The Gut-Mind Connection: Can Food Affect Mood?

Posted on by Paula Gallagher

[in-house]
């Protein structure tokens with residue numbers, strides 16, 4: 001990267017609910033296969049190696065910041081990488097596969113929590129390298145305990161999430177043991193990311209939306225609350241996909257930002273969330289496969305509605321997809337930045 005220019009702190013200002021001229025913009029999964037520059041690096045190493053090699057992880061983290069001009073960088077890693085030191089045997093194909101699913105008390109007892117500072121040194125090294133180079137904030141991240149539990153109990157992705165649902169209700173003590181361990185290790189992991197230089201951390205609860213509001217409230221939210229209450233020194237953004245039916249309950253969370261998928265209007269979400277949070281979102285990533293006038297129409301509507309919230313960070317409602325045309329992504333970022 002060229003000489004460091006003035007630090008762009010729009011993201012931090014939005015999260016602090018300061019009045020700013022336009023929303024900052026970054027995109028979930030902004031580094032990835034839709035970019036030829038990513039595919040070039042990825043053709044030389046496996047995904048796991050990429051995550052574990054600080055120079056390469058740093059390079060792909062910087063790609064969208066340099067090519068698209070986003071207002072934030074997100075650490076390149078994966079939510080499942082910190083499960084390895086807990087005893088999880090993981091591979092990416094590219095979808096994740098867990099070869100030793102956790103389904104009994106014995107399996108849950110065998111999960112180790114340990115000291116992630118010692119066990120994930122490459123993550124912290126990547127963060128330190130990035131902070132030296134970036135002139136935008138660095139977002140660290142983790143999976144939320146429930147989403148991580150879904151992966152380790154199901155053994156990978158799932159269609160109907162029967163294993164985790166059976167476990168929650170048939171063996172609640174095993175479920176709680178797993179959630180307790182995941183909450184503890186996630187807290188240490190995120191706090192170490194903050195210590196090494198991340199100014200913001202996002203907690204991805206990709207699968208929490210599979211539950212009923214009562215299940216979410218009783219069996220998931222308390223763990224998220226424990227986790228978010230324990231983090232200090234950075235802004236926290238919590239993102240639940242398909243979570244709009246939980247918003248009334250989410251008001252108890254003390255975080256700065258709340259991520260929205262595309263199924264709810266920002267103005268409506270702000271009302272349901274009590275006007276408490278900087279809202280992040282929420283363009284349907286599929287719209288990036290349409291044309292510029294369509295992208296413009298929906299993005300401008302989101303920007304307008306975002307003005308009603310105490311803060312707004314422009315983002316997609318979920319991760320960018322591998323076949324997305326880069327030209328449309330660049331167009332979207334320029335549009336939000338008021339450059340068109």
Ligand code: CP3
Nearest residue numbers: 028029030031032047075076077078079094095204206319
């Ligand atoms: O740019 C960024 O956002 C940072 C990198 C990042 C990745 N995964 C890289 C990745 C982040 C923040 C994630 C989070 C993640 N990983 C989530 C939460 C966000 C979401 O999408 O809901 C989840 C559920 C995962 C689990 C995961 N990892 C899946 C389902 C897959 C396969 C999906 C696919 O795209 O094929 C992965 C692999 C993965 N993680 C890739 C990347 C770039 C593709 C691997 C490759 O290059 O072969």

yogurtCan food affect mood? In a recent study, published in Psychiatry Research, a group of psychologists asked 710 college students about what they normally ate, their personalities, their exercise habits, and any social anxiety symptoms they experienced. The results showed that people who ate more fermented foods (yogurt, kimchi, sauerkraut and kefir) were less likely to experience social anxiety. This was an observational study, which means that it is unknown if it was the probiotics in the fermented foods that caused the reduction in anxiety symptoms – however, animal studies suggest that probiotics can help stimulate the release of important mood-related neurotransmitters. Probiotic supplements have also been shown to change how we respond to stress and sadness. This may be more proof that there is a gut-mind connection, that the health of your gut may be linked to your mental health. In 2011, a study out of McMaster University in Hamilton, Ontario also found that the balance of bacteria in your gut may have more to do with your mood than any other contributing factors. Here are some common factors affecting the bacteria balance in our gut: 1. Overuse of antibiotics: Antibiotics work by killing not just the harmful bacterias causing infections, but all bacteria – good and bad. This poses a problem for us because our digestive systems are home to more than 1,000 trillion bacteria, and we need them to be in good balance in order to be healthy. 2. Birth control pills: Almost two-thirds of all women in the U.S. have taken birth control pills on a regular basis. Like antibiotics, oral contraceptives can alter the balance of bacteria in the gut. 3. Processed foods: Processed junk foods, particularly those high in refined flours and sugars, feed (almost exclusively) the harmful, abnormal bacteria and microbes in our gut. A diet rich in these staples of industrial food will allow these abnormal microbes to thrive, weakening the population of healthy, beneficial bacteria, and leading to an imbalance of gut flora. So what can you do to restore the balance? First, you can start by incorporating more cultured, fermented foods into your diet. Avoid sugar! Bad bacteria thrive on sugar – it is their food of choice. You shouldn’t eat any refined sugars like table sugar or high fructose corn syrup. Second, take a good, high quality probiotic supplement. There are many to choose from and if you would like some help picking the right one for you, contact us. Photo from here, with thanks.